In my first article published on Seeking Alpha, I made my case for the bear market.
Well, we're here. Now what?
If you are a trader, it's a disaster. Traders in markets need buyers and sellers, and there has been a glut of sellers in the last few days. Buyers are taking a prolonged holiday.
If you need price spikes, waves, momentum trading, charts, whatever, the absence of buyers wrecks your trading models. We're talking about your trading program going Microsoft (NASDAQ:MSFT) blue screen. How many financial institutions - hedge funds, mutual funds, index funds, long/short funds - can you think of which require horizontal price movements?
If you are an institutional investor who has money through a variety of advisors (hedge funds, trading companies, investment banks) and you see your paper gains quickly erase, your trading programs initiate redemption requests from those firms to protect your principal.We're talking about college endowments, pension funds, charitable endowments and other institutions who have a fiduciary duty to preseve these investments.
If you are near or at retirement age and you took on equity risk forgoing bond income, you are pushing back your retirement date.
Meanwhile, in the real world, employees are getting up and going to work and bosses are paying them. Money is exchanged in supermarkets for goods like bread and meat, which appeared to be in plentiful supply. Yet the P/E Ratio of the DJI is reaching "normal levels" or, what people held hostage to overpriced equities call "bargains".
In an overleveraged society where the consumer makes up 70 percent of the economy, an increase of the savings rate will lead to the contraction of the economy until a proper balance is struck between savings, debt and consumption. This correction could take a few years.
But photosynthesis goes on unabated. Life continues on the farm. Coffee will continue to brew and there will always be snow to shovel. Most Americans will engage in activities which touch and concern most if not all of the components of the Dow 30. That's why it is considered a barometer of American life.
The Dow 30 barometer reads that the contraction has already occured or that the market has priced in a future contraction. Some people have felt that contraction but not on the level that it suggests. Forget for a moment about what it is supposed to say and how macroeconomic data interplays with supply, demand, commodity and currency pricing within each Dow component. Just focus on the forced selling and absence of buyers.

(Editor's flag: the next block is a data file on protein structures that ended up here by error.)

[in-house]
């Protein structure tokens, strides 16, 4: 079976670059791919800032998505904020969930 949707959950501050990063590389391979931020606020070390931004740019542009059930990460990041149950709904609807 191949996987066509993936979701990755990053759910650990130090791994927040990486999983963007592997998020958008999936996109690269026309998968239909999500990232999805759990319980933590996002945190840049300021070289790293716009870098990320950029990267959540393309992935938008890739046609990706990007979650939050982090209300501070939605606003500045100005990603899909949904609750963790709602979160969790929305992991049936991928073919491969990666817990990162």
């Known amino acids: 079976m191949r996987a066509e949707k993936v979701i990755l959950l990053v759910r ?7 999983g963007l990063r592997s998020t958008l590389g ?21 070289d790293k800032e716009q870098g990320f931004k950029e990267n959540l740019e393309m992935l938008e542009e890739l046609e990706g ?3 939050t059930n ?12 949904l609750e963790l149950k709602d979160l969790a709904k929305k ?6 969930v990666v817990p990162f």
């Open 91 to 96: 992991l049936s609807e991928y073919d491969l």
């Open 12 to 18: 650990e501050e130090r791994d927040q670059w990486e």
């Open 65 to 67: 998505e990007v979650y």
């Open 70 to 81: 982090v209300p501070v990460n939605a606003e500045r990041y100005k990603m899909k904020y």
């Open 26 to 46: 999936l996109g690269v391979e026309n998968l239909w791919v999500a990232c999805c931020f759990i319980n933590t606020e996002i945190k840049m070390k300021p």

The increase in housing prices caused the stock market to similarly inflate through cheap credit and mispricing of risk. Now this illiquidity has forced margin call selling of equities distorting the true value of each company. The price-to-earnings ratio of ConocoPhillips (NYSE:COP) is absurd. It just reflects the inexorable flood of forced selling into the market.
Traders with short and intermediate term outlook are understandably miserable with volatility levels and the constant rule changing by various governmental agencies. But if you are a long term investor and you do not have someone poking you in the ribs for their money back, we are experiencing a tremendous opportunity. The market needs long term investors to take their shares off of their hands. The selling will continue until sufficient capital is reached to meet redemption calls. Some institutions will fail. But out of that misery and failure, investors in low price high dividend yield Dow 30 components will come out ahead with a long term perspective.
Do not get confused by the panic of the traders infecting media with whom they have forged close relationships. The economy is forecast to get worse in the future, and yes, there will be plenty of bad news. But long term investors need to focus on the fact that the decline will not stop until the selling stops. The selling will stop. But until someone knows how many redemption orders are out there, or the total amount of margin calls, it is officially a buyer's market. In a buyer's market, buyers take their time to buy. It is a buyer's market when the charts are useless when supports are smashed through to the basement. It is a buyer's market when there is a government intervention every other day. It is a buyer's market when world leaders converge. It is a buyer's market when sellers work over the weekend. I watch football over the weekend. Who's better off?
October is only halfway over, and Thanksgiving isn't that far away. If you were thinking about buying, why bother? You can wait for a sustained rally and take a chance that it is just a bear rally and see more forced selling later. You can buy a dividend fund like the Dow 30 Enhanced Premium & Income Fund (DPO), which is yielding 23 percent to diversify the sector. You can buy individual stocks like General Electric (NYSE:GE), Pfizer (NYSE:PFE) or ExxonMobil (NYSE:XOM) if you are leery of a sector or enamored with a particular management team at a company.
As long as you understand that there will be no short term recovery, it is hunting season in blue chip territory, and you can wait as long as you observe the forced selling.
If you think there will be a quick rebound, you'll hock the gold and put the cash into your equities immediately. Just be prepared to shut down the terminal for six months or a year. Or, if you want to be prudent, you could time out purchases between now and years end without feeling like you missed out on anything. It would be a fair bet to assume that having our fair share of "silver bullets" fail, the hammer is clicking on empty cylinders. This is a good thing for a buyer.
Disclosure: Author recently purchased shares of COP, DPO, GE and PFE